Now, I do not mean to suggest that

Congrefs shall make no law respecting an establishment of religion, or prohibiting the free exercise thereof

does not make for a respectable friend, as ideas go.

This sentence makes nicer with the Church than a sentence like “La ley, en consecuencia, no permite el establecimiento de ordenes monasticas”—by which the original Mexican Constitution of 1917 forbad religious orders.

But, as a friend, the First Amendment of our Constitution can get prickly. Quickly. Because what it actually means is, well, not clear.

Does the state have the right to bind believers with laws that impede the exercise of religion? Well, yes—when the protection of the common good is at stake. The Supreme Court has so ruled, I believe–as well it should.

But, of course, there is no telling how a court will rule in any given “separation of church and state” case. Because the idea itself is really quite opaque.

Does it mean that the President can’t appoint bishops? Or does it mean that he can’t appropriate money to support the work of Catholic social workers? Does it mean that the government can’t prevent me from praying in public? Or does it mean that no law can prohibit the ritual use of narcotic mushrooms? Or polygamy?

Having read somewhat widely on the subject, I am left with the following impression: The First Amendment is much more an object of faith than Pope Paul VI’s encyclical about artificial contraception is.

I applaud any couple who refrain from using artificial contraception simply because “the Church teaches it’s wrong, and I believe in the Church.” Beautiful exercise of faith.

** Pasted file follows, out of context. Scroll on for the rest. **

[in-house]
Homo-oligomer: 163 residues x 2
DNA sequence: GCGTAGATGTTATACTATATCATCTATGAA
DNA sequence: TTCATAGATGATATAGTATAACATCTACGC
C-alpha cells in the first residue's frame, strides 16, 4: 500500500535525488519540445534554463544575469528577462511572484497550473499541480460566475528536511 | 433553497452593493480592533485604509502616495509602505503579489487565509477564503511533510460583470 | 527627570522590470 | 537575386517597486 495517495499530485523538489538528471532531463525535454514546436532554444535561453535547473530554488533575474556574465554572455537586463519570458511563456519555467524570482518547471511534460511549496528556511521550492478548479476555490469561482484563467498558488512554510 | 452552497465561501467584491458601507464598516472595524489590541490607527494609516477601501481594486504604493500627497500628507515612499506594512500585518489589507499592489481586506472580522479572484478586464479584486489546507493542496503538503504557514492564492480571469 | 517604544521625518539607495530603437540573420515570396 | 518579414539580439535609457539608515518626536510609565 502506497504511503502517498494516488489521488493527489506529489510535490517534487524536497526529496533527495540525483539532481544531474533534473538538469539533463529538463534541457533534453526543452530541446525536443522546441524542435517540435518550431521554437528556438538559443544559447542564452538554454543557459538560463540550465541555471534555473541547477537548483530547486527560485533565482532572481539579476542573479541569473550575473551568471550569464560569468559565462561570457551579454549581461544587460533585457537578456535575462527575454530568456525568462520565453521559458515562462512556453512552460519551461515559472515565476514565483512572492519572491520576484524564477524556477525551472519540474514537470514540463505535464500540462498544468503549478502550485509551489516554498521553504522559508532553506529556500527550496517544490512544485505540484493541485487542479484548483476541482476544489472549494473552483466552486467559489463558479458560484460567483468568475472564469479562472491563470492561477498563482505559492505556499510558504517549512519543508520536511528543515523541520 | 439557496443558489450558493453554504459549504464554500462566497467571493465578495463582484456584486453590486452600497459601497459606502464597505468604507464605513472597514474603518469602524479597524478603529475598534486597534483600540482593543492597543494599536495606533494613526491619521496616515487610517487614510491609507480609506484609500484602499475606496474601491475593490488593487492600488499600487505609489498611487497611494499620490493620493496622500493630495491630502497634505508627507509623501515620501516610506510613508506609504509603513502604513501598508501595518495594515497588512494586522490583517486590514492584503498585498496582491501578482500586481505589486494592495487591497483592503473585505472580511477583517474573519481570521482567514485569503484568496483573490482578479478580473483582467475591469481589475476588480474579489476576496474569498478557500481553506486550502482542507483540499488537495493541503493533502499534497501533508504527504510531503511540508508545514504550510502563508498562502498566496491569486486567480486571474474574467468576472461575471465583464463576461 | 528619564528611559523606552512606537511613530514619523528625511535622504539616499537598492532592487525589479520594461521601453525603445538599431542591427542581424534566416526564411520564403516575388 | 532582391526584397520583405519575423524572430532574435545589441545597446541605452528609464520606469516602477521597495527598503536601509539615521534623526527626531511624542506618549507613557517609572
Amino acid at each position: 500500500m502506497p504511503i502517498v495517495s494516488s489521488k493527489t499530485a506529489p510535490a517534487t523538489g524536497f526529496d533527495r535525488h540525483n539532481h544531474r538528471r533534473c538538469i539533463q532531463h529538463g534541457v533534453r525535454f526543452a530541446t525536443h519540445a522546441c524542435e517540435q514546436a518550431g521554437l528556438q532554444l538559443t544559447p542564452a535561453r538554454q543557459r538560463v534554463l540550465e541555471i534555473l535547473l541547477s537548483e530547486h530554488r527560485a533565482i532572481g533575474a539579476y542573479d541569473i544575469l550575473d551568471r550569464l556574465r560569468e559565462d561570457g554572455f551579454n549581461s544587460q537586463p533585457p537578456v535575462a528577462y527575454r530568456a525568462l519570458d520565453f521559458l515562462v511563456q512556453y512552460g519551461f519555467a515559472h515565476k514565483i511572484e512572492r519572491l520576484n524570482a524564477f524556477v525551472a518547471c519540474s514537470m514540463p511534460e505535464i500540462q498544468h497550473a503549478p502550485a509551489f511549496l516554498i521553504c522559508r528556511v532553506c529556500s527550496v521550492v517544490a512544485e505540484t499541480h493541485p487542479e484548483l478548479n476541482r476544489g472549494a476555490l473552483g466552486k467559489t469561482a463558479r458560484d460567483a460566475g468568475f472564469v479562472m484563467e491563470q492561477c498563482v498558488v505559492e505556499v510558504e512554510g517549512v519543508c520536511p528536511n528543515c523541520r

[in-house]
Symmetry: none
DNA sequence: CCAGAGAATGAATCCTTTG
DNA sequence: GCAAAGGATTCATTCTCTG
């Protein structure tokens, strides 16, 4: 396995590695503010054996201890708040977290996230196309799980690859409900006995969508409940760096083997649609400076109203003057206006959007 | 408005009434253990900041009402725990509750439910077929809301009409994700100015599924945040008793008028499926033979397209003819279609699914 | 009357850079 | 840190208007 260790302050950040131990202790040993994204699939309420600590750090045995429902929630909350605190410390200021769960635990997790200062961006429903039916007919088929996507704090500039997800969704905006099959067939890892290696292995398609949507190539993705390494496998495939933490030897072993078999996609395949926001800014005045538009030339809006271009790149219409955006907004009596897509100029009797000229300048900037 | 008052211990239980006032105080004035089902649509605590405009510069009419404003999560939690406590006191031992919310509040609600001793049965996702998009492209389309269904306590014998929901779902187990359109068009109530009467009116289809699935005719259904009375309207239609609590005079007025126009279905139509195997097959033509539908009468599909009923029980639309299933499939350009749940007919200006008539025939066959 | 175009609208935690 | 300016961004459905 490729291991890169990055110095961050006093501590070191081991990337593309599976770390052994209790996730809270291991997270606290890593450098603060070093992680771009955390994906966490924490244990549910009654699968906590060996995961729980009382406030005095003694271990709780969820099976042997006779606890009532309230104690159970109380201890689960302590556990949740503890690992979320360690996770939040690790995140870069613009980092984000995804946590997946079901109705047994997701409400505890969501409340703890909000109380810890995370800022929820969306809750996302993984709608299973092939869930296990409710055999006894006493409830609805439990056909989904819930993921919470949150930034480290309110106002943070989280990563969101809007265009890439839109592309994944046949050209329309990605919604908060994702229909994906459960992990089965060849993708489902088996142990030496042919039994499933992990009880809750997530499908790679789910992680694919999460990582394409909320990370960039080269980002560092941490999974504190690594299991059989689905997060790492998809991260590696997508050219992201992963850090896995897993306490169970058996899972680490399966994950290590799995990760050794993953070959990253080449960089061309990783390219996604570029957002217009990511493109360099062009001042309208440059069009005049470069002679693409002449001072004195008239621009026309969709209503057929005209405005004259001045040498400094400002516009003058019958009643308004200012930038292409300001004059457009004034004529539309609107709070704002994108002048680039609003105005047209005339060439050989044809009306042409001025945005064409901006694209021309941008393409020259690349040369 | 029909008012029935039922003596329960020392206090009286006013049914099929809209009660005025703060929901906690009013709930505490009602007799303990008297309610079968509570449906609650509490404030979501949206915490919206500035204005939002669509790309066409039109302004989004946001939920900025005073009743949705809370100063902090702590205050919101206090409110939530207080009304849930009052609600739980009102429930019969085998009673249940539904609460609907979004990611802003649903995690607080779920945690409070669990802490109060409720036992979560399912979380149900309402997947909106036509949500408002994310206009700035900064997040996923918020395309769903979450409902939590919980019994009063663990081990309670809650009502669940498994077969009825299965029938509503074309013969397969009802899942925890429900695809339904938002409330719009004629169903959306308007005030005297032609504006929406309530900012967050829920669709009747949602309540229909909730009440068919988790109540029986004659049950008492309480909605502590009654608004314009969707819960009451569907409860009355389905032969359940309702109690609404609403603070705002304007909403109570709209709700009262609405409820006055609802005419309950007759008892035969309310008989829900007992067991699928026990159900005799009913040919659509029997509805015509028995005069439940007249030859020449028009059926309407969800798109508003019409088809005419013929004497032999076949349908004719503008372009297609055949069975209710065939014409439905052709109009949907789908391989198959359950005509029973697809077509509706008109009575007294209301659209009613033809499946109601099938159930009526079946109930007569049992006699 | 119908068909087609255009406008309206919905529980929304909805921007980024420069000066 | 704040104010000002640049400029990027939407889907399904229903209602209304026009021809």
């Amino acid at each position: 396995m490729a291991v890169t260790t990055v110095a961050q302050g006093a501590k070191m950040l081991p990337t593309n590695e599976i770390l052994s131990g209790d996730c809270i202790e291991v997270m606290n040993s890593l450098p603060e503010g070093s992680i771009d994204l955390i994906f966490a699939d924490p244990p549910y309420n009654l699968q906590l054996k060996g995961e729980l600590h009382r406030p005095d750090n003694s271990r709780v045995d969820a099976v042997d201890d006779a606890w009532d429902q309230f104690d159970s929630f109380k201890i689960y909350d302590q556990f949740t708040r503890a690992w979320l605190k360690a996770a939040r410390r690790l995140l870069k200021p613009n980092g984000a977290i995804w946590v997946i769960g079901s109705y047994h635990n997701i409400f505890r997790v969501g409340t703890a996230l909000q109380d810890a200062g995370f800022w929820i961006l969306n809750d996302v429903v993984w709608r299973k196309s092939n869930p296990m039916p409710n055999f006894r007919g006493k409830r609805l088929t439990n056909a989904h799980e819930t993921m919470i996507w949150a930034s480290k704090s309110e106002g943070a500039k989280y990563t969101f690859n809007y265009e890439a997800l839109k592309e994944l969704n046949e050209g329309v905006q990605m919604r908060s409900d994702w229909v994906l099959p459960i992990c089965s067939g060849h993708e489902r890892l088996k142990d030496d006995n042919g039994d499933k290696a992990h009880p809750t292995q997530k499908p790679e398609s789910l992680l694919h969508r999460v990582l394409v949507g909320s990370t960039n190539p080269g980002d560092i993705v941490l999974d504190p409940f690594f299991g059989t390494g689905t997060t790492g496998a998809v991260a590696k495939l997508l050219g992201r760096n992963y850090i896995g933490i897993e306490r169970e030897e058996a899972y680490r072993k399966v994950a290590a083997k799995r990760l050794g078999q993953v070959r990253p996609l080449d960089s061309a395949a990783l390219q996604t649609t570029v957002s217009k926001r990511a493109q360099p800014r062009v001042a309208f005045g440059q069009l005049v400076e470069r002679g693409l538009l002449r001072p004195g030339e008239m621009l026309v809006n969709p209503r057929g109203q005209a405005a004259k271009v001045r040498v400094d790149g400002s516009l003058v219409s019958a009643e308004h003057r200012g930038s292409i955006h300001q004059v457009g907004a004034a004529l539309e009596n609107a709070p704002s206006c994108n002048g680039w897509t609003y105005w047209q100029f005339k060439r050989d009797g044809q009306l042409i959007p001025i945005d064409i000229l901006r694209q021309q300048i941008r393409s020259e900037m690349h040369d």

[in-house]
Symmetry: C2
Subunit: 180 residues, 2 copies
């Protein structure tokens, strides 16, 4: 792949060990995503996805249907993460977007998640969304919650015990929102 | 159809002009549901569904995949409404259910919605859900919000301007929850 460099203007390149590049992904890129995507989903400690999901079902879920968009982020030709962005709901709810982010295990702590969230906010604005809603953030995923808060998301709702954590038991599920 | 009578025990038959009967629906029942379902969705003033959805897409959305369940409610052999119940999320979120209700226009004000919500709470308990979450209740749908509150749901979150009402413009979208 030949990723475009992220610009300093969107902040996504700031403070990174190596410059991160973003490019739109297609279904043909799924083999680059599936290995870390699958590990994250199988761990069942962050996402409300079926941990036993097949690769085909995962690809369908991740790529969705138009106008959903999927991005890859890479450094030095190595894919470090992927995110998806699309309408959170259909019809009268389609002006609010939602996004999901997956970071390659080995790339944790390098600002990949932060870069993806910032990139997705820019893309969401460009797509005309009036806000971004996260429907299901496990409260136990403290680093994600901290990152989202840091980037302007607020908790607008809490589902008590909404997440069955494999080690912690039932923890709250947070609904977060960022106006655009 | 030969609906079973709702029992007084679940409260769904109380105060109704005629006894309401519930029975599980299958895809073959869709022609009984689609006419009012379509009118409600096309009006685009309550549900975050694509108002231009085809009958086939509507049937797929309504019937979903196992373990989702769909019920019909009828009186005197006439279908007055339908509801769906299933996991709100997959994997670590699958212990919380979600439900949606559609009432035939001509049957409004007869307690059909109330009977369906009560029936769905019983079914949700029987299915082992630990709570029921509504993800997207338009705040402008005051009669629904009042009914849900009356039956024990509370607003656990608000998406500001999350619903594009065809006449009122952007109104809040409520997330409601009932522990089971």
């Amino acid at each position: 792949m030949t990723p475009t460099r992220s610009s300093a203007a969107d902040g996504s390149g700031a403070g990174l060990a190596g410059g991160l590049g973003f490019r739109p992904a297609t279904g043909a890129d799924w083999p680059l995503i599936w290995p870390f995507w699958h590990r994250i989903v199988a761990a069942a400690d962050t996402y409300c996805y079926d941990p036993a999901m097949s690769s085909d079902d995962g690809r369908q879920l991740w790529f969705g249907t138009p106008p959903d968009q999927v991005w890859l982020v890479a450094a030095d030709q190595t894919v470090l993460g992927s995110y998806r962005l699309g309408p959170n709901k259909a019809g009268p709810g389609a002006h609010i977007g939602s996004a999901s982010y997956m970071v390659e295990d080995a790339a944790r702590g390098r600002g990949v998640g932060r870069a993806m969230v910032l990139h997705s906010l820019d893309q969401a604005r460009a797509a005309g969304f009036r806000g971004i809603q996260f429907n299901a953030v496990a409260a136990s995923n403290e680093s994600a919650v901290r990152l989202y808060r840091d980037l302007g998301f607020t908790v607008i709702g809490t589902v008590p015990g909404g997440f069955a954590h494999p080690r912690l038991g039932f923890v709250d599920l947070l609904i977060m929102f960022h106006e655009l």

But I would venture to claim that, for the most part, the great army of people who eschew artificial means of contraception do so because the practice is evidently unnatural, unwholesome, and unbecoming a mature person.

As I have tried to point out before, Pope Paul VI himself never proposed his doctrine on artificial contraception as an object of faith. Spilling semen intentionally is a bad business. We can read about this in Genesis 38. But we do not need to read the Bible to get the drift.

And killing an unborn child? Better to consult a sonogram than Scripture, if you want to know why no one should ever do it.

If it gets boring, please forgive me. But I cannot help but return to one of the great themes of my silly little life:

When it comes to sexual morality, what the Church teaches is a matter of sound science. It is based on a combination of the following: cold, hard biological facts and one simple proposition, “People who live as if God does not exist do not thrive.” (This proposition has been demonstrated repeatedly by psychological and sociological studies.)

The Church teaches many things about supernatural truths that must be accepted on faith—e.g., Christ in heaven, the sacraments, etc. But Her sexual morality is not one of these things.

On the other hand, it seems to me that “the separation of church and state” has become more of a shibboleth, mouthed religiously, than a clear idea.

So, here is my little apologia: Continue reading “Friend, Faith, Facts”